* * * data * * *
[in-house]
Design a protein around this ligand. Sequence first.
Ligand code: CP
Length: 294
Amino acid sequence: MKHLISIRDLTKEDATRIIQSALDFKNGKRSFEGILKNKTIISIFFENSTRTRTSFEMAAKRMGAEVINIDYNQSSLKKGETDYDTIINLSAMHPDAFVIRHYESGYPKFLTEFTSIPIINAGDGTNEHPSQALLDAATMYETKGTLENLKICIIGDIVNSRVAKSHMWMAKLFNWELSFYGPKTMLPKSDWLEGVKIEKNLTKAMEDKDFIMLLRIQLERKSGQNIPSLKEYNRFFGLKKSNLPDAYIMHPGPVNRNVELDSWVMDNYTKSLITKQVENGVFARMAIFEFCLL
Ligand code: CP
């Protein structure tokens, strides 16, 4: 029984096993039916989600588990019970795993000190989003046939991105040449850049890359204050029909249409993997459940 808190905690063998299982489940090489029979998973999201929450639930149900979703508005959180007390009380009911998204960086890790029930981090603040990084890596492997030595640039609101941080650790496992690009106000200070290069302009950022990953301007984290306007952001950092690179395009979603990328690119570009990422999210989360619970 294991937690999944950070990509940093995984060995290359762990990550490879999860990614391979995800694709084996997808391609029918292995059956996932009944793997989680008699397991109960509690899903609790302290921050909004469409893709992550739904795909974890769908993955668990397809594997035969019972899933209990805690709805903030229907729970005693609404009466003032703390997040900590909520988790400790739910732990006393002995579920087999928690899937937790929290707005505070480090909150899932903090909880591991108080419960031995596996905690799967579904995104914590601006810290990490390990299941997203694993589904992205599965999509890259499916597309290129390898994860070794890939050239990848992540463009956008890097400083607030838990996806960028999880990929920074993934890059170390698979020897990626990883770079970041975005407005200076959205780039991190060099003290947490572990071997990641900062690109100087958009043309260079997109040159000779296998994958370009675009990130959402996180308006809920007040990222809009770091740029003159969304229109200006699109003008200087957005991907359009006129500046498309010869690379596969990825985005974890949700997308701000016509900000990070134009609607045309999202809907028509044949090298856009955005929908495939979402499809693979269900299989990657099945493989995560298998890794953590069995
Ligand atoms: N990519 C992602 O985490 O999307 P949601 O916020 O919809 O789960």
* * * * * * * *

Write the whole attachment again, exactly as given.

[in-house]
Design a protein around this ligand. Sequence first.
Ligand code: CP
Length: 294
Amino acid sequence: MKHLISIRDLTKEDATRIIQSALDFKNGKRSFEGILKNKTIISIFFENSTRTRTSFEMAAKRMGAEVINIDYNQSSLKKGETDYDTIINLSAMHPDAFVIRHYESGYPKFLTEFTSIPIINAGDGTNEHPSQALLDAATMYETKGTLENLKICIIGDIVNSRVAKSHMWMAKLFNWELSFYGPKTMLPKSDWLEGVKIEKNLTKAMEDKDFIMLLRIQLERKSGQNIPSLKEYNRFFGLKKSNLPDAYIMHPGPVNRNVELDSWVMDNYTKSLITKQVENGVFARMAIFEFCLL
Ligand code: CP
């Protein structure tokens, strides 16, 4: 029984096993039916989600588990019970795993000190989003046939991105040449850049890359204050029909249409993997459940 808190905690063998299982489940090489029979998973999201929450639930149900979703508005959180007390009380009911998204960086890790029930981090603040990084890596492997030595640039609101941080650790496992690009106000200070290069302009950022990953301007984290306007952001950092690179395009979603990328690119570009990422999210989360619970 294991937690999944950070990509940093995984060995290359762990990550490879999860990614391979995800694709084996997808391609029918292995059956996932009944793997989680008699397991109960509690899903609790302290921050909004469409893709992550739904795909974890769908993955668990397809594997035969019972899933209990805690709805903030229907729970005693609404009466003032703390997040900590909520988790400790739910732990006393002995579920087999928690899937937790929290707005505070480090909150899932903090909880591991108080419960031995596996905690799967579904995104914590601006810290990490390990299941997203694993589904992205599965999509890259499916597309290129390898994860070794890939050239990848992540463009956008890097400083607030838990996806960028999880990929920074993934890059170390698979020897990626990883770079970041975005407005200076959205780039991190060099003290947490572990071997990641900062690109100087958009043309260079997109040159000779296998994958370009675009990130959402996180308006809920007040990222809009770091740029003159969304229109200006699109003008200087957005991907359009006129500046498309010869690379596969990825985005974890949700997308701000016509900000990070134009609607045309999202809907028509044949090298856009955005929908495939979402499809693979269900299989990657099945493989995560298998890794953590069995
Ligand atoms: N990519 C992602 O985490 O999307 P949601 O916020 O919809 O789960």